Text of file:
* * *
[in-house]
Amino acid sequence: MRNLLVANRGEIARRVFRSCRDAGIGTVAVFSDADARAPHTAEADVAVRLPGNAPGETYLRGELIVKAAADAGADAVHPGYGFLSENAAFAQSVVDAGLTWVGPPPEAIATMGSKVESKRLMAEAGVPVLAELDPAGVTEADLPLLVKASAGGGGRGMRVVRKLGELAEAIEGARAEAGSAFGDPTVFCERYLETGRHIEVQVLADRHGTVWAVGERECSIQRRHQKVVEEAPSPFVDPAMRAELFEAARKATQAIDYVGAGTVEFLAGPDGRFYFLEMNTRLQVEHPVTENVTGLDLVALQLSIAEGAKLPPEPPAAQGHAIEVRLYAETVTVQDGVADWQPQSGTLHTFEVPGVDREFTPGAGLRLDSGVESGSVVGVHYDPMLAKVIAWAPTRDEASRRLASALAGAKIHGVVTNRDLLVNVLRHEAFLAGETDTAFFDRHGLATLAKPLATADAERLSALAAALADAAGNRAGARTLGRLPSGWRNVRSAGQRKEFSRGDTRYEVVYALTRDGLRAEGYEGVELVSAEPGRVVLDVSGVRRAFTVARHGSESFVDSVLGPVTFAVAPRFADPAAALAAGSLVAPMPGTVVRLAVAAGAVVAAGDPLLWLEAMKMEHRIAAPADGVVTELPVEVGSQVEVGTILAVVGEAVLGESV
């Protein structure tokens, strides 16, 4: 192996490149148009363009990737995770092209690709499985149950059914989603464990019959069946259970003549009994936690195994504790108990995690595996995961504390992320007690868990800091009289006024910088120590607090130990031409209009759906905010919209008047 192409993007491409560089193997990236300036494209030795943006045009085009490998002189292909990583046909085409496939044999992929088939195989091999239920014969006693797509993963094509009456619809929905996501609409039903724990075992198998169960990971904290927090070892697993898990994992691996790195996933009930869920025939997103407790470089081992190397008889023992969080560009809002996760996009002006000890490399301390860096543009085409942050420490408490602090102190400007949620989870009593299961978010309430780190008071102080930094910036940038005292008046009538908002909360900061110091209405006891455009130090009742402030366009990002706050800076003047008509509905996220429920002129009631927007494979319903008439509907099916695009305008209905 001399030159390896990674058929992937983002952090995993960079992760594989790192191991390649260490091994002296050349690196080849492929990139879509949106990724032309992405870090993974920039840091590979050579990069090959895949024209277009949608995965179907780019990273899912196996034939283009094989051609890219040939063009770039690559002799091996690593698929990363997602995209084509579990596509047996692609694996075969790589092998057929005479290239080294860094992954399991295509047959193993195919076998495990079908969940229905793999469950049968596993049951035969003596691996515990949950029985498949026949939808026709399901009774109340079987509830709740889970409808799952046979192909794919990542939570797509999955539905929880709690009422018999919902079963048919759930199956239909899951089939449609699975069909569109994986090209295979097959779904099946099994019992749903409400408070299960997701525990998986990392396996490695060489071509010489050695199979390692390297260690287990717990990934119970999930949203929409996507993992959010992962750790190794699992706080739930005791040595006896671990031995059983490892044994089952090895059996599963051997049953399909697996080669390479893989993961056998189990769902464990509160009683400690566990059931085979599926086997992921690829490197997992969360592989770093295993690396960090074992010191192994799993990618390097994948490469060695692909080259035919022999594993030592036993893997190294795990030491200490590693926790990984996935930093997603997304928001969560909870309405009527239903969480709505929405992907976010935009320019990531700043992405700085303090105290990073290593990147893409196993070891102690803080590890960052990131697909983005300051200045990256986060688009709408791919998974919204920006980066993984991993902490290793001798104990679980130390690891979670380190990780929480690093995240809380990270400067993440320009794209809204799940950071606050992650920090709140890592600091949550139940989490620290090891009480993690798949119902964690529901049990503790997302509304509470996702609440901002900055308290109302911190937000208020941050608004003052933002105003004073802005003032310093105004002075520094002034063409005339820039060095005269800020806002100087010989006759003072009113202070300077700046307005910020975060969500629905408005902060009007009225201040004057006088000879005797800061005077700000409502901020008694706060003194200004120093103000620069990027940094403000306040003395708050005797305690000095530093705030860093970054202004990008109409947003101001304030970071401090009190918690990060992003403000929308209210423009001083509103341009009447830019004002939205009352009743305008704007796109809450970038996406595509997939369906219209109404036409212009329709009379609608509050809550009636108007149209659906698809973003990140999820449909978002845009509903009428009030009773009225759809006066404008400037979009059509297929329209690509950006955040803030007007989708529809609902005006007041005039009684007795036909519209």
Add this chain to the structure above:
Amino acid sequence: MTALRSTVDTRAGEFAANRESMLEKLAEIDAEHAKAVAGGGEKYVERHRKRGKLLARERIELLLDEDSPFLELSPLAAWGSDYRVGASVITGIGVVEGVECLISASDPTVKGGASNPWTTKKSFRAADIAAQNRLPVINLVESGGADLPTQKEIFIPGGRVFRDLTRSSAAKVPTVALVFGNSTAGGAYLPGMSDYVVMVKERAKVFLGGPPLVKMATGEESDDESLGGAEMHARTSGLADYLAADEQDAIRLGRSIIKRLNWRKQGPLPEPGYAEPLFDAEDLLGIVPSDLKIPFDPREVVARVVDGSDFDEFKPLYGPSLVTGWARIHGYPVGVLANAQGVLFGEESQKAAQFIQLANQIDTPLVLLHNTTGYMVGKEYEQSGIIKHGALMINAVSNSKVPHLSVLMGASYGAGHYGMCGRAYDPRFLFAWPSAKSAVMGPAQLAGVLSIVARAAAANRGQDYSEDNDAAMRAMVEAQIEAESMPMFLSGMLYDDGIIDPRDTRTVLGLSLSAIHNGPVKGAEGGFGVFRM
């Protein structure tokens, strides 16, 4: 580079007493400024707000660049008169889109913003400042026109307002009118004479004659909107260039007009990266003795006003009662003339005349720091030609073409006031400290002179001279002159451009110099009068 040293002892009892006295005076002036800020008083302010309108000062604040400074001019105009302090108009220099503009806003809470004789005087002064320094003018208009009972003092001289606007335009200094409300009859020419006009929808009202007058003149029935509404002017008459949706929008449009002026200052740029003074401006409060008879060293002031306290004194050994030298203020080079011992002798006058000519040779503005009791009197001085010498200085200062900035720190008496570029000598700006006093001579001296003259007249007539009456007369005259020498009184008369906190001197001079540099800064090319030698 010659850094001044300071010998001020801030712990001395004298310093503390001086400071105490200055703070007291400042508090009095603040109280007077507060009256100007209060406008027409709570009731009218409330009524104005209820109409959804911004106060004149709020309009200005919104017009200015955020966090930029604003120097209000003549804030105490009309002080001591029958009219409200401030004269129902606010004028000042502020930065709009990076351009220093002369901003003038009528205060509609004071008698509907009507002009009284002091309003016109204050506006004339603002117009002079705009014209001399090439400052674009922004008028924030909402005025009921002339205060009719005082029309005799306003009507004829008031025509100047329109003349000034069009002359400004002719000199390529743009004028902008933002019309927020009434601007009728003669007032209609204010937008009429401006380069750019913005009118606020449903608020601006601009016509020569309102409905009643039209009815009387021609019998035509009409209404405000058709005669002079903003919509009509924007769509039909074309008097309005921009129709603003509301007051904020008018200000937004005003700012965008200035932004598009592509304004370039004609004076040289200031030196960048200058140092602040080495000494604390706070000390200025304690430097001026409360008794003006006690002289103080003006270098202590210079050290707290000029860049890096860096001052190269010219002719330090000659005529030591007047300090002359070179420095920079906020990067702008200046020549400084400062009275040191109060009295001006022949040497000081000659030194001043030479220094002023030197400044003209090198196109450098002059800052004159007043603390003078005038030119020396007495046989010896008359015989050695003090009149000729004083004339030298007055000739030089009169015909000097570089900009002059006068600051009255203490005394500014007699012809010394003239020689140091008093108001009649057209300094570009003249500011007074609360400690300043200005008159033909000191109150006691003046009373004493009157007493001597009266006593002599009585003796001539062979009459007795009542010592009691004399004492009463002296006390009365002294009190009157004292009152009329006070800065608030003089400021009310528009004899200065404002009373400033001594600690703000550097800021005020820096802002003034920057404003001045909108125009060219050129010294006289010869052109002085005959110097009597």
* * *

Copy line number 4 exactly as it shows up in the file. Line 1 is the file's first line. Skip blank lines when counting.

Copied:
Add this chain to the structure above: